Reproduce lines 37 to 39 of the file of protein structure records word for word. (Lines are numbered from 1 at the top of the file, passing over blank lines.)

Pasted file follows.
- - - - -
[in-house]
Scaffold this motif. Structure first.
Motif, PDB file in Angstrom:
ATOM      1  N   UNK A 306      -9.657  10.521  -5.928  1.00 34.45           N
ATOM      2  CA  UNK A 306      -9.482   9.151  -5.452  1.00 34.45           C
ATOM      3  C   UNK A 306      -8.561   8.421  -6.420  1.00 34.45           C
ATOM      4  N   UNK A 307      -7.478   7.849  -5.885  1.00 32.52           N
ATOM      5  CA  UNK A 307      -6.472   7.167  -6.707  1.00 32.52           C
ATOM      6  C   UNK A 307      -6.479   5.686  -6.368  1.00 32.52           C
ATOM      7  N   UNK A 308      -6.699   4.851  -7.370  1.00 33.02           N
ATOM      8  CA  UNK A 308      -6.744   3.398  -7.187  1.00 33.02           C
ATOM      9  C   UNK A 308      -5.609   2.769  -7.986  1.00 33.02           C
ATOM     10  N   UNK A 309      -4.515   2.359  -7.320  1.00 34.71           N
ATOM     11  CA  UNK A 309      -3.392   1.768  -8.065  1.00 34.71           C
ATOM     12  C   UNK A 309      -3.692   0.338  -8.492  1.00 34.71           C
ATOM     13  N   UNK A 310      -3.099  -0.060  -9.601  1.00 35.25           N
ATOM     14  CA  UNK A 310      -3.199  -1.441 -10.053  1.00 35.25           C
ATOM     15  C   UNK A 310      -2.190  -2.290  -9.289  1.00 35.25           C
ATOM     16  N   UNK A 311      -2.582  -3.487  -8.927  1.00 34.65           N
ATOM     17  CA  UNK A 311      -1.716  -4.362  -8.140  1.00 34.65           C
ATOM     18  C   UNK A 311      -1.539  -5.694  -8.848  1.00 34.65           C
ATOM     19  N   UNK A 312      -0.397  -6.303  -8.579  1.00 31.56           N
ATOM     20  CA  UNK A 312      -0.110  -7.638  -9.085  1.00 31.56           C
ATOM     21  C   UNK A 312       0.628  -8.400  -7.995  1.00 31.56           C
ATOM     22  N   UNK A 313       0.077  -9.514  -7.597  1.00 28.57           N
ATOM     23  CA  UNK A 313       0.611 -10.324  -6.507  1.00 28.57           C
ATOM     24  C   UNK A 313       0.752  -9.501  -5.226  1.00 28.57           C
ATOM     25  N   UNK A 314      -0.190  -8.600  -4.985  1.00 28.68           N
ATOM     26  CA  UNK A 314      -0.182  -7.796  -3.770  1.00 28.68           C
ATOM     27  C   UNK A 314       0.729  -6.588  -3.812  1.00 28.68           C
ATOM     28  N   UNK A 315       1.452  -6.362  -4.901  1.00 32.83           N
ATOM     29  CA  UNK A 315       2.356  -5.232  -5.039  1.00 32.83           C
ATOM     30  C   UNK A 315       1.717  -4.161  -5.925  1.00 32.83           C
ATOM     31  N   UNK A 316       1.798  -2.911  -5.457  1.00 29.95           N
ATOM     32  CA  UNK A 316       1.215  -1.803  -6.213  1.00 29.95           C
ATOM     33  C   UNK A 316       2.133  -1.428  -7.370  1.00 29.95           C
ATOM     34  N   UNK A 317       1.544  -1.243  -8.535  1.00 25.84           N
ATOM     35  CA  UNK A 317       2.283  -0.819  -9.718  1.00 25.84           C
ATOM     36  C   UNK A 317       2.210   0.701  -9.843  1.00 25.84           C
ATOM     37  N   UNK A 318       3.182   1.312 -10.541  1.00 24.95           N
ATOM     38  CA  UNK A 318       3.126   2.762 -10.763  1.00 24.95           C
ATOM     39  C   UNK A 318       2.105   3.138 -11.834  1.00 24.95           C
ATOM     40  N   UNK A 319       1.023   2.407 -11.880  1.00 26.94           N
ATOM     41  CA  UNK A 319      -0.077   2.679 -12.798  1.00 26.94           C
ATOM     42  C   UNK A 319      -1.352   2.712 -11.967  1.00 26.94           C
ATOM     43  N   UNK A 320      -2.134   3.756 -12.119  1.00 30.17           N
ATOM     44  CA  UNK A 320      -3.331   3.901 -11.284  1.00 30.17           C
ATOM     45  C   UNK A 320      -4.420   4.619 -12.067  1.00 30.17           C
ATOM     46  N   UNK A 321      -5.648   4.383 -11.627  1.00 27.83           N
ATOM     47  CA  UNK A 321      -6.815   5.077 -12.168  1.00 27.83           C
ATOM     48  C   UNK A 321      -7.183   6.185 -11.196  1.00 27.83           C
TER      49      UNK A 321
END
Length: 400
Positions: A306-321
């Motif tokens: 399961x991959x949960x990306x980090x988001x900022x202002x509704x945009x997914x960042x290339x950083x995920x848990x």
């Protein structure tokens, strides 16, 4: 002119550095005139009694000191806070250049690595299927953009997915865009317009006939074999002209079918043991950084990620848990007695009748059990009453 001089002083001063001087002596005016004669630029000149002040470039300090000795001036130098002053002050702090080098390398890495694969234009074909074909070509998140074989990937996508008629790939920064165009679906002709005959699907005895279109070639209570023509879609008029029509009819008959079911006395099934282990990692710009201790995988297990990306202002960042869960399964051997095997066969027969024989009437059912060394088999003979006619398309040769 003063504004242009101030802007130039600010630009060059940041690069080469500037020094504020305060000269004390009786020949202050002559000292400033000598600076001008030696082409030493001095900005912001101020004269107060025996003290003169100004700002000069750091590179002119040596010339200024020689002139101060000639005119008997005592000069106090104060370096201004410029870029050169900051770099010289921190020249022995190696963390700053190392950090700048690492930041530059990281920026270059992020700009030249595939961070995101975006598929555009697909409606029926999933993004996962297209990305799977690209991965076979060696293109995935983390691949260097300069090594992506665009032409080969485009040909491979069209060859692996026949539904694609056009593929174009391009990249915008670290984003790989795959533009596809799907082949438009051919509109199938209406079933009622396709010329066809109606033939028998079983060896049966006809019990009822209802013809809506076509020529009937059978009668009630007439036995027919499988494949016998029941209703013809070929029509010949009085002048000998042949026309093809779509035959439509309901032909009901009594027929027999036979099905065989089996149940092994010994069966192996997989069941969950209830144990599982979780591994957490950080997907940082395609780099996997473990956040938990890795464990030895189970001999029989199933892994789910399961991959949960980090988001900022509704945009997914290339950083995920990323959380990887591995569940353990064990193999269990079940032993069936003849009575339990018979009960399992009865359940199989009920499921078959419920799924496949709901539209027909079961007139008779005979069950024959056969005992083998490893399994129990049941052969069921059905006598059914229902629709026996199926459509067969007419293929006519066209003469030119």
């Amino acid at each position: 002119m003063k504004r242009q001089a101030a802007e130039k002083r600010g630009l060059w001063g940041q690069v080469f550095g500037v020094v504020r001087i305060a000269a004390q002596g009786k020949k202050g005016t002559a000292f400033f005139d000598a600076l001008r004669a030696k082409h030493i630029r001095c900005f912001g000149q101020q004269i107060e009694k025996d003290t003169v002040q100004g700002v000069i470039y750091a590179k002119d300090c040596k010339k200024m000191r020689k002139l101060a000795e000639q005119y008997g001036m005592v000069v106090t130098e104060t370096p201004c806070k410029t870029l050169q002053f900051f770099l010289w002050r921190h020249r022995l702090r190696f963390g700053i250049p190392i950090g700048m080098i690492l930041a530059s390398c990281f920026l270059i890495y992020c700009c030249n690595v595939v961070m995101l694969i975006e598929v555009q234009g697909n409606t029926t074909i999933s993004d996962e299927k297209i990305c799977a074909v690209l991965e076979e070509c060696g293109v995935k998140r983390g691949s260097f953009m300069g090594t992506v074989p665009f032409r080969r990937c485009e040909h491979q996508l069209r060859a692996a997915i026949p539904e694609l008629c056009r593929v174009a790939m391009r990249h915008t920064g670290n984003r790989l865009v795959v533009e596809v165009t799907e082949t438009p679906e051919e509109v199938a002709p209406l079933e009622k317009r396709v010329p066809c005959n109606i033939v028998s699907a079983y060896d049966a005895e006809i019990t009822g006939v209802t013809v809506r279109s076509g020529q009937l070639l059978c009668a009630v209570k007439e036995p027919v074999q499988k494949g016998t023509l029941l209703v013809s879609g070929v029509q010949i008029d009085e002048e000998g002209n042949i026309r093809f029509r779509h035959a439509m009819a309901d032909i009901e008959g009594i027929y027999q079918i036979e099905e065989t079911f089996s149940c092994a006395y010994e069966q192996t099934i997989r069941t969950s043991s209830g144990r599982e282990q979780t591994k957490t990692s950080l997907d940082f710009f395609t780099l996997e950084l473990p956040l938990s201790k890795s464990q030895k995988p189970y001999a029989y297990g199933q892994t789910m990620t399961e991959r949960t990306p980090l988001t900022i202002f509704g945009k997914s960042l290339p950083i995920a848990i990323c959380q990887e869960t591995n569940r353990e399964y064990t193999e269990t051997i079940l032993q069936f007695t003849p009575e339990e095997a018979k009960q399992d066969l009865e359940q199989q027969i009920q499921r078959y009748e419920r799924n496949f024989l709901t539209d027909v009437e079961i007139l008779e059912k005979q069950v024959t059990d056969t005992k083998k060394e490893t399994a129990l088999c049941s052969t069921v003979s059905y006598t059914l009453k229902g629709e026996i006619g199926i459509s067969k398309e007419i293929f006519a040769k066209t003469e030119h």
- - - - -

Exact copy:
ATOM     34  N   UNK A 317       1.544  -1.243  -8.535  1.00 25.84           N
ATOM     35  CA  UNK A 317       2.283  -0.819  -9.718  1.00 25.84           C
ATOM     36  C   UNK A 317       2.210   0.701  -9.843  1.00 25.84           C